Good drinking water is very important to keep animals healthy. But what is good drinking water? GD Animal Health tests various aspects of water, such as the microbial count (colony forming units), content levels of various minerals and Chemical Oxygen Demand (COD). But the main test carried out by GD Animal Health is the one for suitability as livestock drinking water. Water testing at GD Animal Health is based upon on three pillars:
- water must be available at the location where the animals drink: the pipes cannot be clogged up, the flow of the water from the nipple must be good if the animal wants to drink;
- water must not be harmful – this speaks for itself, as the production, growth and health of the animal must not endangered;
- water must be tasty, i.e. the animals are willing to drink the water.
Nowadays the quality of products meant for human consumption (meat, eggs, milk) is being increasingly monitored. These products must be of a high and unsuspicious quality. The water the animals drink must not threaten the quality of the meat. GD Animal Health analyses water designated for livestock drinking water. The results show to what extent the above mentioned criteria are met.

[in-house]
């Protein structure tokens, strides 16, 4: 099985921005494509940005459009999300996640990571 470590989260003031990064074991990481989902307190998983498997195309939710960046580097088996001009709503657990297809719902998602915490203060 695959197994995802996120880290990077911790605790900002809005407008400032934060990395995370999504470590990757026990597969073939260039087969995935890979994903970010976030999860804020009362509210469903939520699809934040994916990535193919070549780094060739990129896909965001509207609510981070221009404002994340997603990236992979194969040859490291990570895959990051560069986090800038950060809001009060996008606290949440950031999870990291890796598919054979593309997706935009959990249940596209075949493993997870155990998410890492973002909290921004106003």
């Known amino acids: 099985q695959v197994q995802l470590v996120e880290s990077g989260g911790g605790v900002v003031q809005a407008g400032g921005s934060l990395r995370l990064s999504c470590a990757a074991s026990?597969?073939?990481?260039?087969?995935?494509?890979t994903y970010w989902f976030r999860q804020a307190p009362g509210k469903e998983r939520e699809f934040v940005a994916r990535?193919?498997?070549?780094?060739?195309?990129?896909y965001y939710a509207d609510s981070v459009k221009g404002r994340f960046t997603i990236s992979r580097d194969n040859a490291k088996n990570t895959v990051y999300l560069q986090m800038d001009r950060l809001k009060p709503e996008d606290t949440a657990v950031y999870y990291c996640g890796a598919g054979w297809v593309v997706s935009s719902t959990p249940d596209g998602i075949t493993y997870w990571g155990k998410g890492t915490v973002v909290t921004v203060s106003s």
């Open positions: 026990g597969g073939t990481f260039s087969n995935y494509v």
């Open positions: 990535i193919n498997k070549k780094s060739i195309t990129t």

Three important reasons why water is submitted for laboratory analysis are;
- Quality control of an existing well
- Quality control of a new well
Drinking water tests
The main thing a livestock farmer wants to know about the water at his farm, is its suitability as livestock drinking water. If the water is not suitable, GD Animal Health gives advice on options for improving the quality. For water testing, GD Animal Health has created what it refers to as drinking water packages. A water sample is subjected to many tests: e.g. chemical, bacteriological and organoleptical tests. Individual tests for water samples are possible as well, and individual packages can be created too. Water testing is a fine example of the versatility of GD Animal Health. The results of various laboratory departments that test the water are combined. That gives a complete picture of the suitability as drinking water. The advice that is linked to the results is specific for every submitted sample.
Techniques used for water testing include the following;
- Ion chromatography: a chemical compound is used to separate ions such as nitrate, chlorine, and sulphate, and then they are measured using UV detection.
- ICP: for metals and minerals (induced coupled plasma: the sample is dissolved in an acid environment and this acid is atomised in argon plasma of 10,000 °C; then metals and minerals emit specific light that is detected by a chip).
- Automated colorimetric methods: some tests are carried out using a colorimetric method (ammonium, nitrite) in accordance with the Standardised NEN methods prescribed in the Netherlands.
- Bacteriological testing